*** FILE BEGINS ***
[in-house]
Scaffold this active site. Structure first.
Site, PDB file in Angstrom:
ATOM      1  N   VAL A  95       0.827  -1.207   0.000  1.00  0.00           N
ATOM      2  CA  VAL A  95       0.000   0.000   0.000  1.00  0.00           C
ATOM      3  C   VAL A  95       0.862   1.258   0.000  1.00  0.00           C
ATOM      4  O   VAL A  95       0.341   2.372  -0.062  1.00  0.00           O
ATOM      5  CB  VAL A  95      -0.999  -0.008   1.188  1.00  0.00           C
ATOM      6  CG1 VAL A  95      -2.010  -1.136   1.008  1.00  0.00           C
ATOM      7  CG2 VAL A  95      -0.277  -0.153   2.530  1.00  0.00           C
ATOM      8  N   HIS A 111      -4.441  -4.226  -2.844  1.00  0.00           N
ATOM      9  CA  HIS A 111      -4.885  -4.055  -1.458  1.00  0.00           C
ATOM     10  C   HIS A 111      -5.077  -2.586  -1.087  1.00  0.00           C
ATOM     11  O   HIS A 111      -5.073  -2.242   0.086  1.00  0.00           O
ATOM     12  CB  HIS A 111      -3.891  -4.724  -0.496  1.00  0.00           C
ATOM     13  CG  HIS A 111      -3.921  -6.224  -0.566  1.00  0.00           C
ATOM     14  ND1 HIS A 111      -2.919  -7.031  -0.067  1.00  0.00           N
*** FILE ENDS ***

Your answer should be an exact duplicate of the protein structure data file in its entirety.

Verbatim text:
[in-house]
Scaffold this active site. Structure first.
Site, PDB file in Angstrom:
ATOM      1  N   VAL A  95       0.827  -1.207   0.000  1.00  0.00           N
ATOM      2  CA  VAL A  95       0.000   0.000   0.000  1.00  0.00           C
ATOM      3  C   VAL A  95       0.862   1.258   0.000  1.00  0.00           C
ATOM      4  O   VAL A  95       0.341   2.372  -0.062  1.00  0.00           O
ATOM      5  CB  VAL A  95      -0.999  -0.008   1.188  1.00  0.00           C
ATOM      6  CG1 VAL A  95      -2.010  -1.136   1.008  1.00  0.00           C
ATOM      7  CG2 VAL A  95      -0.277  -0.153   2.530  1.00  0.00           C
ATOM      8  N   HIS A 111      -4.441  -4.226  -2.844  1.00  0.00           N
ATOM      9  CA  HIS A 111      -4.885  -4.055  -1.458  1.00  0.00           C
ATOM     10  C   HIS A 111      -5.077  -2.586  -1.087  1.00  0.00           C
ATOM     11  O   HIS A 111      -5.073  -2.242   0.086  1.00  0.00           O
ATOM     12  CB  HIS A 111      -3.891  -4.724  -0.496  1.00  0.00           C
ATOM     13  CG  HIS A 111      -3.921  -6.224  -0.566  1.00  0.00           C
ATOM     14  ND1 HIS A 111      -2.919  -7.031  -0.067  1.00  0.00           N